The article does not specifically mention Wikipedia as a reference, but the list of "top-selling PS2 titles worldwide" and its figures are identical to this October 14, 2007 version of List of best-selling video games.
  • Trebay, Guy. "She's Famous (and So Can You)" The New York Times October 28, 2007.link
    Uses article on Tila Tequila, among other Internet manifestations of her, as proof that she has become a famous despite doing very little to earn that fame.
    Try also to obliterate the knowledge that Tequila is not, oddly enough, her real name (Nguyen is); that she is what Wikipedia — in an entry only slightly less extensive than that on Sigrid Undset, the Norwegian novelist and 1928 Nobel laureate for literature — refers to as an "American glamour model ..."

November[edit]

  • "Serial muscle fondler accused of bicep grope" Metro. November 8 2007. link
    "However, defending Arobieke, Robert Platts accused Jonathan of making the story up based on Arobieke's Wikipedia entry, which states that 'stories of his activity reaching as far as Wigan and Doncaster.'
    Mr Platts said: 'Mr Arobieke accepts he was in Preston that day and around the area we are talking about, but he denies any contact with you.
    'What I suggest happened to you is that (your friend) spotted him because he knew about him because of his Liverpool football (friends) and the fact that he had in the past downloaded him through the net.' "
  • "Man at centre of muscle-squeezing claims blames Wikipedia." Lancashire Evening Post. November 14, 2007. link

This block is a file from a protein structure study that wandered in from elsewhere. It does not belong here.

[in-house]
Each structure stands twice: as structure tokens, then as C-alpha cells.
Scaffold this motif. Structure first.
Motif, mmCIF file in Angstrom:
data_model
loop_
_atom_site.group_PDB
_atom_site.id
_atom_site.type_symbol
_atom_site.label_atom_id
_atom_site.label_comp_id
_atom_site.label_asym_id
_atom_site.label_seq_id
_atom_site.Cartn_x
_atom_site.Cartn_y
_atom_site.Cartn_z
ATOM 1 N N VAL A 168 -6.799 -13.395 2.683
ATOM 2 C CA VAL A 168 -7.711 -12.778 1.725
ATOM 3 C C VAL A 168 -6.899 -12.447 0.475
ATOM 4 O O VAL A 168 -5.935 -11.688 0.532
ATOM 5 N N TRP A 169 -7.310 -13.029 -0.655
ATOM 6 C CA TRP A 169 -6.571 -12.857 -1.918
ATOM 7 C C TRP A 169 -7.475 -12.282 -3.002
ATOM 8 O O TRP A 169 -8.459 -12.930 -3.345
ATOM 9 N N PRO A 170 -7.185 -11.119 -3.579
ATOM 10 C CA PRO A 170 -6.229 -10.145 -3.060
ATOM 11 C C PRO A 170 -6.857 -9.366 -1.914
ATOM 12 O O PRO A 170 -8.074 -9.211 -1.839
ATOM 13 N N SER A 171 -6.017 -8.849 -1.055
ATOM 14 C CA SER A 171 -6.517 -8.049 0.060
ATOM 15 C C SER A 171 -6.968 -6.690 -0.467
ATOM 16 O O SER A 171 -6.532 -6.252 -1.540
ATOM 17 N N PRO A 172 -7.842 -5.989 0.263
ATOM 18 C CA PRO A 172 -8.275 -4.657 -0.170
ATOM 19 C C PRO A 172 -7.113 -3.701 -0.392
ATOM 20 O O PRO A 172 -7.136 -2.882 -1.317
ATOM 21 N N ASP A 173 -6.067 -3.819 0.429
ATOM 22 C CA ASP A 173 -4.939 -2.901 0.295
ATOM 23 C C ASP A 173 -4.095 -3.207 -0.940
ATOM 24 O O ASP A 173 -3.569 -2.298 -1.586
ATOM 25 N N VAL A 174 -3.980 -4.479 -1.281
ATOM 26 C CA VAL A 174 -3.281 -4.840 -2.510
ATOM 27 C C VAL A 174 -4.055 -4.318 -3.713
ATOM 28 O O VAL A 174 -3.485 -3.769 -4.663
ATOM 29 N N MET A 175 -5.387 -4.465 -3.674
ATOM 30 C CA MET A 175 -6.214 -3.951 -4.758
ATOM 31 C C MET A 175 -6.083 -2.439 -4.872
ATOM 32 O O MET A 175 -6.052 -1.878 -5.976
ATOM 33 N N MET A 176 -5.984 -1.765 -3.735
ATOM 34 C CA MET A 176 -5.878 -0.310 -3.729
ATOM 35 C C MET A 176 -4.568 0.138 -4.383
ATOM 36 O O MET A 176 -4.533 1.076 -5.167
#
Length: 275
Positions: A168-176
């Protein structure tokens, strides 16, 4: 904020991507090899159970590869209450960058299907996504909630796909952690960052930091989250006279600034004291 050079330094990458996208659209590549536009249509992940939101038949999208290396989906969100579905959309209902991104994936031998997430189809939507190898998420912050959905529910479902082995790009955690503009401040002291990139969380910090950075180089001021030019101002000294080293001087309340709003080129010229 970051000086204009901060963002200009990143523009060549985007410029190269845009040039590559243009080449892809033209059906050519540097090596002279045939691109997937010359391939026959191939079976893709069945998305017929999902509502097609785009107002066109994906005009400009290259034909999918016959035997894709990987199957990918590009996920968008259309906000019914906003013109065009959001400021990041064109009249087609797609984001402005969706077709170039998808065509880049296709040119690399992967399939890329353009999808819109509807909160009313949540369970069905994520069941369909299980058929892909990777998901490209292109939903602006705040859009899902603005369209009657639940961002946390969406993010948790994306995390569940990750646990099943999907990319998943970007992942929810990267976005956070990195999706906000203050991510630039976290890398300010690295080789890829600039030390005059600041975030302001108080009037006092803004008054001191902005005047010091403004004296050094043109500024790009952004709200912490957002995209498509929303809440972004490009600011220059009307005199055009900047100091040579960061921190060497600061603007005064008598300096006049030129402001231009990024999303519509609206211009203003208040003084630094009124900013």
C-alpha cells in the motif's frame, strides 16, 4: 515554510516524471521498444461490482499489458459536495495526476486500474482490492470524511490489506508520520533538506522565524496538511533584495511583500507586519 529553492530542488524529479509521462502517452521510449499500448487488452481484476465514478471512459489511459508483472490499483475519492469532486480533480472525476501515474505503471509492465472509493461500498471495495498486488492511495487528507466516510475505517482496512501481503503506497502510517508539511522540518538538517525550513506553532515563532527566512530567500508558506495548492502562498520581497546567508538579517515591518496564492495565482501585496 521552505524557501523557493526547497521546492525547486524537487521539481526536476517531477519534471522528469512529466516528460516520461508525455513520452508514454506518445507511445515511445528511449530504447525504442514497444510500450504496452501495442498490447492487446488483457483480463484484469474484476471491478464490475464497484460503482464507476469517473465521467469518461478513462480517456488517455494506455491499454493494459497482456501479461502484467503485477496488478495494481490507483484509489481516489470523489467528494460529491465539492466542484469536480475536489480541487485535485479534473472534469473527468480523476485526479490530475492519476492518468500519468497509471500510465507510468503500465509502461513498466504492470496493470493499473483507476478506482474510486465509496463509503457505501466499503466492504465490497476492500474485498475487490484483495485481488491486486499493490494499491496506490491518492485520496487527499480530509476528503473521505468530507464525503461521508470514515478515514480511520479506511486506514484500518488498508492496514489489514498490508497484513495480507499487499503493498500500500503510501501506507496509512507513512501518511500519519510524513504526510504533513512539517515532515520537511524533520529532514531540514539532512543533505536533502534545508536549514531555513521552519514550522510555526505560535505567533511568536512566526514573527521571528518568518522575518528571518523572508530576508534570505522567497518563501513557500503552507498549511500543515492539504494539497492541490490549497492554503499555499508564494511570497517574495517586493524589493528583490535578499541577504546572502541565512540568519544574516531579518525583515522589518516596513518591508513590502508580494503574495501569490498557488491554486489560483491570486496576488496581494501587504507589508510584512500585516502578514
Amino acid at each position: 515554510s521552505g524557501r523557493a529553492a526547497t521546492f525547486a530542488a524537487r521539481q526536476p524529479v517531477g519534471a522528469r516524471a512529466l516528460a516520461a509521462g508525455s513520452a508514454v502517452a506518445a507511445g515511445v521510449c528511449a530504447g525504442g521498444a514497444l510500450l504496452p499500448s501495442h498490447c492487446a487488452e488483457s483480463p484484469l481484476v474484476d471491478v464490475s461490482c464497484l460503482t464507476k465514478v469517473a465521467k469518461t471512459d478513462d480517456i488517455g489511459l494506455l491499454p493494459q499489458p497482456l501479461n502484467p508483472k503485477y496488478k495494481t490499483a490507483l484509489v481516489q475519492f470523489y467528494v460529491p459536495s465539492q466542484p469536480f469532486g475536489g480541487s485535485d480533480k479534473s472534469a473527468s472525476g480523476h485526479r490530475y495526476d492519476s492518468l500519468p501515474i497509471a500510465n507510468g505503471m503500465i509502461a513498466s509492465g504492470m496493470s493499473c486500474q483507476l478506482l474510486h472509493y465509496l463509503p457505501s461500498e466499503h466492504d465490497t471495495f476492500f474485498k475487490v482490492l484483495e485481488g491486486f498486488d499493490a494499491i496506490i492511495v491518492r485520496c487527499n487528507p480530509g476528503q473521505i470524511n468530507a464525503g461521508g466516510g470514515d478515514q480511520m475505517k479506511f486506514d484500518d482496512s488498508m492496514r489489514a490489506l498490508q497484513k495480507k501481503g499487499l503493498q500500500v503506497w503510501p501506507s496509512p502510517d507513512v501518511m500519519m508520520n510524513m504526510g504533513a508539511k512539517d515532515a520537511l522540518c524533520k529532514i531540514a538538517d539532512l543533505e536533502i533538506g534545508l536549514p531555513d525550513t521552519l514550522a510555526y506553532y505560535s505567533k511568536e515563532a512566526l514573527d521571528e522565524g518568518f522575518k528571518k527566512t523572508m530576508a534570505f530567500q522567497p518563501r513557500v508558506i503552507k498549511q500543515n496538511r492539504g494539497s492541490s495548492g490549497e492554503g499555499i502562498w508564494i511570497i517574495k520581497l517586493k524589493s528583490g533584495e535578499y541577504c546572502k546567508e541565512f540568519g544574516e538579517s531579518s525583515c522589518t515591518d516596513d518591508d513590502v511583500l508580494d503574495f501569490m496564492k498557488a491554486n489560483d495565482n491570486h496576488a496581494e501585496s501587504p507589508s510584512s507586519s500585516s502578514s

"Prosecutor Jonathan Clarke accepted the complainant involved in the first incident on Fishergate had researched Arobieke on the Wikipedia website. However, he said although the 2001 harassment charge was made up of numerous incidents involving 14 young men – most of which involved him grabbing their muscles and complimenting them on their physique – it was not detailed on Wikipedia."
  • Spencer, Chris. "Top 10 Least Intimidating College Mascots." College News. November 15, 2007. link
    "According to Wikipedia, a Buckeye is a sort of tree, common in Ohio."
  • Miles, Joyce. "American Concrete billboard stirs controversy." Lockport Union-Sun & Journal. November 16, 2007. link
  • "“Cement shoes,” according to online encyclopedia Wikipedia, is a slang term adopted by the American Mafia crime world for a method of execution that involves weighting down a victim and throwing him or her into the water to drown. "It has become adopted in the United States as a humorous term representing any exotic threat from criminals," Wikipedia said."
  • Matthews, Joseph. "Are Florida Courts Really Parochial When it Comes to Arbitration? A Rebuttal". 'The Florida Bar Journal November 26, 2007.link

December[edit]

  • Mores, Jeff. "Life as a gypsy: A Bentonville pagan sorts through stereotypes." Benton County Daily Record December 3, 2007. http://nwanews.com/bcdr/News/56313/
    "Paganism can be traced to the Romani people, an ethnic group living in many communities all over the world, according to Wikipedia, an online encyclopedia. Wikipedia states that the Roma are among the best known ethnic groups that appear in literature and folklore and are often referred to as gypsies." (inaccurate citation already reported to the Communications committee)
  • Nelson, Fraser. "The implications of Bhutto's murder" The Business. December 27, 2007. [6]
    "when established newswires are struggling to get the line straight, the news is quickly established on the web. Her death was proclaimed in hospital she was taken to at 1.15pm GMT. Ten minutes later her, her Wikipedia entry was updated and the "is" changed into "was"." (oldid as used in article - [7])